• The Grind: Days 333-666You start feeling like a self-employed businessperson, but you’re constantly stressed because you’ve either taken on too much work or find yourself suddenly with none. You bid on some big clients or projects and get considered, but you’re not quite “there” yet. For some, the high stress and uncertainty is too much and they quit just on the horizon of….
  • The Sunrise: Days 664-1000Some people call this the “middle class problem” phase. You’ve got business, you’re cash flow is mostly under control, you’re subcontracting, and your family and friends finally seem to realize that you are running a business rather, not out of a job.

The Real Life First 1000 Days of Three Self-Employed Women

As we walk through our live case-study with our FreelanceMom Heather Holtschlag, the themes of the 1000 days and the journey to successful self-employment have come up a lot.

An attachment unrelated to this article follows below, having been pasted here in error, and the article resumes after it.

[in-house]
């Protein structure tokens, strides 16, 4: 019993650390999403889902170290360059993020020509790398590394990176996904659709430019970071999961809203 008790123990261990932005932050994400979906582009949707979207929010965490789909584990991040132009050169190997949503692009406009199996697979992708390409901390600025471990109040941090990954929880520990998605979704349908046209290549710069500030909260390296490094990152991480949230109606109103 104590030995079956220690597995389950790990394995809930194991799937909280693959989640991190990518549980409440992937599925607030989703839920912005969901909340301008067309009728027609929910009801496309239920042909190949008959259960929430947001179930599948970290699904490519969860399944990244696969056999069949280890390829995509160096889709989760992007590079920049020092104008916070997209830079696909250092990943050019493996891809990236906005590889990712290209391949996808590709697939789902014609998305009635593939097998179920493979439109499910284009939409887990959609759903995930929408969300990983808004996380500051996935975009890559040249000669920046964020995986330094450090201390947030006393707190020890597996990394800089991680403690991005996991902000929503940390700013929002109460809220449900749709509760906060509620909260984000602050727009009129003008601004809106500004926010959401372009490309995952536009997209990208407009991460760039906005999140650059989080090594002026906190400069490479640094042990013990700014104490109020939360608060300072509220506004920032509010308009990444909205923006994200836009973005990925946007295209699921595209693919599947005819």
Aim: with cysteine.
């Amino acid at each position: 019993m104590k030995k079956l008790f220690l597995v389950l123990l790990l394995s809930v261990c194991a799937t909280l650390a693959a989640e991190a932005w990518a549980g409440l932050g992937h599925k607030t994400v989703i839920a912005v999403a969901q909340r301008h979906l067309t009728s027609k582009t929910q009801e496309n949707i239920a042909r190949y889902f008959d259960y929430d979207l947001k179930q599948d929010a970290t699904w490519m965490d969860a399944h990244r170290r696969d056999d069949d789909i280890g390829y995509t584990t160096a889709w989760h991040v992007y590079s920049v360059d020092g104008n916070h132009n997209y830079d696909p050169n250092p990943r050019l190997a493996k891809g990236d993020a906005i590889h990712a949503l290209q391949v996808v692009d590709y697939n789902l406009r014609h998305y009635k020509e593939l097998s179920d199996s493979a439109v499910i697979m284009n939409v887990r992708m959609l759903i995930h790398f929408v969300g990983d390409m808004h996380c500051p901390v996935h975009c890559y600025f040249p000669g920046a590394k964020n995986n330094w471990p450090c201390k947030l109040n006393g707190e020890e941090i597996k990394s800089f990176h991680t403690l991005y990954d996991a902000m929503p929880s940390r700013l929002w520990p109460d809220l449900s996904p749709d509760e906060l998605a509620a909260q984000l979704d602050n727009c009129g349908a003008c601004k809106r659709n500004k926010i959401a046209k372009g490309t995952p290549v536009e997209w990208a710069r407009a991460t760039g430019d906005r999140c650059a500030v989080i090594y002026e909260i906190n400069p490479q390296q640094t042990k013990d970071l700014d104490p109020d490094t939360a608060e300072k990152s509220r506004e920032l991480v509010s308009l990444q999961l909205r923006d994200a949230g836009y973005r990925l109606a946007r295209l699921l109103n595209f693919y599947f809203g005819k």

Especially the fact that it is easy to lose hope.

When support from family falters or the flow of clients—or paid invoices —seems to dry up, it is very easy to say, “This isn’t working.”

So take a look at the journeys of these three women who have made it in one way or another, whether in small ways, such as one travel writer finally getting the magazine and newspaper assignments she’s always wanted, or reaching the heights of a national TV show, like Pioneer Woman Ree Drummond, whose success we’ll examine in another upcoming case study.

penelopetrunk2

Penelope Trunk, Small Business Owner